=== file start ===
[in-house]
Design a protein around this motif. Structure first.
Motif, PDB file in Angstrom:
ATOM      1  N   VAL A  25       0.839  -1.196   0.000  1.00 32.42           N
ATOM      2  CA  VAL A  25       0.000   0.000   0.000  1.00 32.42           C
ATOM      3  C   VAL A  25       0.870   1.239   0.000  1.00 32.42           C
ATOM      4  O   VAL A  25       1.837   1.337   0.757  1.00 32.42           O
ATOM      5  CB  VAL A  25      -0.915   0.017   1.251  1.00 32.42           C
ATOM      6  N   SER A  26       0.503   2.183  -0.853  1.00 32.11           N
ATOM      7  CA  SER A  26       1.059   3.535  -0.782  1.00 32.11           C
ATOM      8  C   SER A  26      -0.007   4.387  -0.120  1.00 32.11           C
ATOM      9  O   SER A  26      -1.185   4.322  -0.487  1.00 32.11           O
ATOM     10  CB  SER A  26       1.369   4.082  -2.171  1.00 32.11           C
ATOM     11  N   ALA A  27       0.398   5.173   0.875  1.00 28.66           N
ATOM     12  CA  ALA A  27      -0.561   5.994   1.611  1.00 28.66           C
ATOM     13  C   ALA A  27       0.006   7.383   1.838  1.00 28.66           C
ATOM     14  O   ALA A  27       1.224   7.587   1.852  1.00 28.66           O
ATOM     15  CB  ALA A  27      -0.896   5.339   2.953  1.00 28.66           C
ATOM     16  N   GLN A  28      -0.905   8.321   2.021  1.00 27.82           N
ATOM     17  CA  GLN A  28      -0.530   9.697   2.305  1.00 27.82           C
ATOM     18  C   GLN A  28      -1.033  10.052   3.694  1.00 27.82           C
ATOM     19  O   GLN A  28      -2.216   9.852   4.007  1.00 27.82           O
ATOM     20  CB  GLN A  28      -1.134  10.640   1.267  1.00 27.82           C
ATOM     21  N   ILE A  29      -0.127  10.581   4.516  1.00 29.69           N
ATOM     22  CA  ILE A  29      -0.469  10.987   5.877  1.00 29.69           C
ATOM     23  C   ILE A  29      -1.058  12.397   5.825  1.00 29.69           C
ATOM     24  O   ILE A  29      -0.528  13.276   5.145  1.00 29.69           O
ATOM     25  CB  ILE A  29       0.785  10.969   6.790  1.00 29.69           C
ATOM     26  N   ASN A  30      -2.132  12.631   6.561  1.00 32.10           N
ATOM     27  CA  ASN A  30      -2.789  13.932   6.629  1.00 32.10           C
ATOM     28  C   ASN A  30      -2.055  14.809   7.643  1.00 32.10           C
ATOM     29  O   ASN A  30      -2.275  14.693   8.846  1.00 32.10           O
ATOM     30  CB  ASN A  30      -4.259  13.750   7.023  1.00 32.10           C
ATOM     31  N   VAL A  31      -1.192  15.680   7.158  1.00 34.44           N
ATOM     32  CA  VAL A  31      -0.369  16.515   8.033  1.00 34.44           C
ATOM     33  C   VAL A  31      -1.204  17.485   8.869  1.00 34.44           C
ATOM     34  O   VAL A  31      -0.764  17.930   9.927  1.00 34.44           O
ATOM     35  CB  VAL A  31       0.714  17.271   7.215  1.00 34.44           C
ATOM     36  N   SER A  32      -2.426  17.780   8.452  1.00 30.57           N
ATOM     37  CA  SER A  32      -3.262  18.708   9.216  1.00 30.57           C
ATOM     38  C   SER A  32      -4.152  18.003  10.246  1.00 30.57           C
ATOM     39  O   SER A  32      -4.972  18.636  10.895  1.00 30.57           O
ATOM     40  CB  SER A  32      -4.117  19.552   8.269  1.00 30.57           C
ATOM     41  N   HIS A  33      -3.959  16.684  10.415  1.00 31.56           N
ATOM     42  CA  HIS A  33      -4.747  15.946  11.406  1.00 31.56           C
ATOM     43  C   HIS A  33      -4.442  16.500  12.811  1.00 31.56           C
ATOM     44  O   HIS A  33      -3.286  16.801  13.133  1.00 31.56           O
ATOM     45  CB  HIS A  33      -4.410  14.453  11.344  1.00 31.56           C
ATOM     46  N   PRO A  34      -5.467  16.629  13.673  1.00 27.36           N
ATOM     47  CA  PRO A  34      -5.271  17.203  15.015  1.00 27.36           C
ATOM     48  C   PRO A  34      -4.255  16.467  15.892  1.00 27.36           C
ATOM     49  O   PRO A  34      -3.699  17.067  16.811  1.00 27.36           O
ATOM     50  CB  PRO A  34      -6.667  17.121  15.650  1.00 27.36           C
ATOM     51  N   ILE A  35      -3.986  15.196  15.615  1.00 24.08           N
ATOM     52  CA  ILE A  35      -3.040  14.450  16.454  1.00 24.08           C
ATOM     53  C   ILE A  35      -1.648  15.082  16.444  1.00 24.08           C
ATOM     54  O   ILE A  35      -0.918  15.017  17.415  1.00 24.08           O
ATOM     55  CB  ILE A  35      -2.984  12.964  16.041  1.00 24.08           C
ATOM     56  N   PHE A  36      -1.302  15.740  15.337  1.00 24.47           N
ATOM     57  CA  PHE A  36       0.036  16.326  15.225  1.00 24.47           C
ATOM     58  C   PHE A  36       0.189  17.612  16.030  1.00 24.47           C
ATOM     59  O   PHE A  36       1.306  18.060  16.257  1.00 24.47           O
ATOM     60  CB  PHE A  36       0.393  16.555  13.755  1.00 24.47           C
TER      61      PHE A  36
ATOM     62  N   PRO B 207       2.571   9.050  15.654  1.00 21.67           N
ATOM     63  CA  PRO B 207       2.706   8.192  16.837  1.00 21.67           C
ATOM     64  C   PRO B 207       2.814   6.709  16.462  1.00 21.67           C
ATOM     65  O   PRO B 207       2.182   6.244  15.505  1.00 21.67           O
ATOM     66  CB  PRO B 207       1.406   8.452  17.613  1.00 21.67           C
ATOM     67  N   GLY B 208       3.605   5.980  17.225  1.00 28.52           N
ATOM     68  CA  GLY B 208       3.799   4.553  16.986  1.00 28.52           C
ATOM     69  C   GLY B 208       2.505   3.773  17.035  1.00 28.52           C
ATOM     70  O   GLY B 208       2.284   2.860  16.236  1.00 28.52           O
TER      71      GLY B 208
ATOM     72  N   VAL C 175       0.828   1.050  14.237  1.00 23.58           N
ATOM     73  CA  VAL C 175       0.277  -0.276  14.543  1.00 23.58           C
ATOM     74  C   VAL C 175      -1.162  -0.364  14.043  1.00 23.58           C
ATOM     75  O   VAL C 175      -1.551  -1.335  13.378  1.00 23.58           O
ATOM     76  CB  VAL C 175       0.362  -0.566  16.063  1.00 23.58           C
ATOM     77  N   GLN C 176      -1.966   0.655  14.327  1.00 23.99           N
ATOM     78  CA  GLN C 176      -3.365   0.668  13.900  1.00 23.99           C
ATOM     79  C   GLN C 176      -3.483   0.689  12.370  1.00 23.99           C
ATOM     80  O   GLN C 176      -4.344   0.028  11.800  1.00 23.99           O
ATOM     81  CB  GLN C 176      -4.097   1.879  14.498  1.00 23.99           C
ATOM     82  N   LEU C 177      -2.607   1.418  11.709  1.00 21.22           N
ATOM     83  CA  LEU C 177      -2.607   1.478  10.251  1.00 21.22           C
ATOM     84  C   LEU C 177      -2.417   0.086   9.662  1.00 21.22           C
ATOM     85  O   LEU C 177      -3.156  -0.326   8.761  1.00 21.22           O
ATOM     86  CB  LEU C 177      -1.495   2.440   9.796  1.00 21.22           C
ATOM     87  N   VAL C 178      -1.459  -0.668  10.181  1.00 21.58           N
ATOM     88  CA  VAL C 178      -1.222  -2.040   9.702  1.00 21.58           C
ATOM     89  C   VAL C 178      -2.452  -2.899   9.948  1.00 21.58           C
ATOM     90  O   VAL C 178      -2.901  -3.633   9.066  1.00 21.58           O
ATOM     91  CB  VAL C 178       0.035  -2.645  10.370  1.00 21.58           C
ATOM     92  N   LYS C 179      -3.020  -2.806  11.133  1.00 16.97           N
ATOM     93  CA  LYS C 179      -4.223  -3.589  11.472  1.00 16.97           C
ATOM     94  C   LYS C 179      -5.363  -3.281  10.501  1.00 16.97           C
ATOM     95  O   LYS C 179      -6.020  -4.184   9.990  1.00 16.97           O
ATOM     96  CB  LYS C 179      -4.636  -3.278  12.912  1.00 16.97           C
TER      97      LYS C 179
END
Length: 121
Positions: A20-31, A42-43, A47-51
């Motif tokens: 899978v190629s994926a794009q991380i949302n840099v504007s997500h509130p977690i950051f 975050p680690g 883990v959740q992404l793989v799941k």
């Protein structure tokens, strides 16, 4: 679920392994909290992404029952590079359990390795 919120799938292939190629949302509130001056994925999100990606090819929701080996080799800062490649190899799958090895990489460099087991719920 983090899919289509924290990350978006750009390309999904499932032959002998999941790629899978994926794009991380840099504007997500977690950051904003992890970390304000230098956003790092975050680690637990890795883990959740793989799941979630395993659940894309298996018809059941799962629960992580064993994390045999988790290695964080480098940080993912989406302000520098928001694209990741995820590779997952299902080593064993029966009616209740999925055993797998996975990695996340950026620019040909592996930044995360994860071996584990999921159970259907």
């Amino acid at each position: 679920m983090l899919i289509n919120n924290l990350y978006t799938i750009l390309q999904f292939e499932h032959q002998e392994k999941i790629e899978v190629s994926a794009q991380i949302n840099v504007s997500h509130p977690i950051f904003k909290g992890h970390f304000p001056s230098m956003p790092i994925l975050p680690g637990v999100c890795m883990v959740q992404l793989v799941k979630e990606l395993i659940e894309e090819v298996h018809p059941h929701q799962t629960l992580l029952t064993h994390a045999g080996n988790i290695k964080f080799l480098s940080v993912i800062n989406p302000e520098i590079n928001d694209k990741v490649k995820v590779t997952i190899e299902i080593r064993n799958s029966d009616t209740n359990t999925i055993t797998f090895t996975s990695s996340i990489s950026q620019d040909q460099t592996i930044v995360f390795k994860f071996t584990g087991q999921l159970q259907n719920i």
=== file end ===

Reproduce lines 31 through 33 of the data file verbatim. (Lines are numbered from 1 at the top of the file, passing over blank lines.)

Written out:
ATOM     28  C   ASN A  30      -2.055  14.809   7.643  1.00 32.10           C
ATOM     29  O   ASN A  30      -2.275  14.693   8.846  1.00 32.10           O
ATOM     30  CB  ASN A  30      -4.259  13.750   7.023  1.00 32.10           C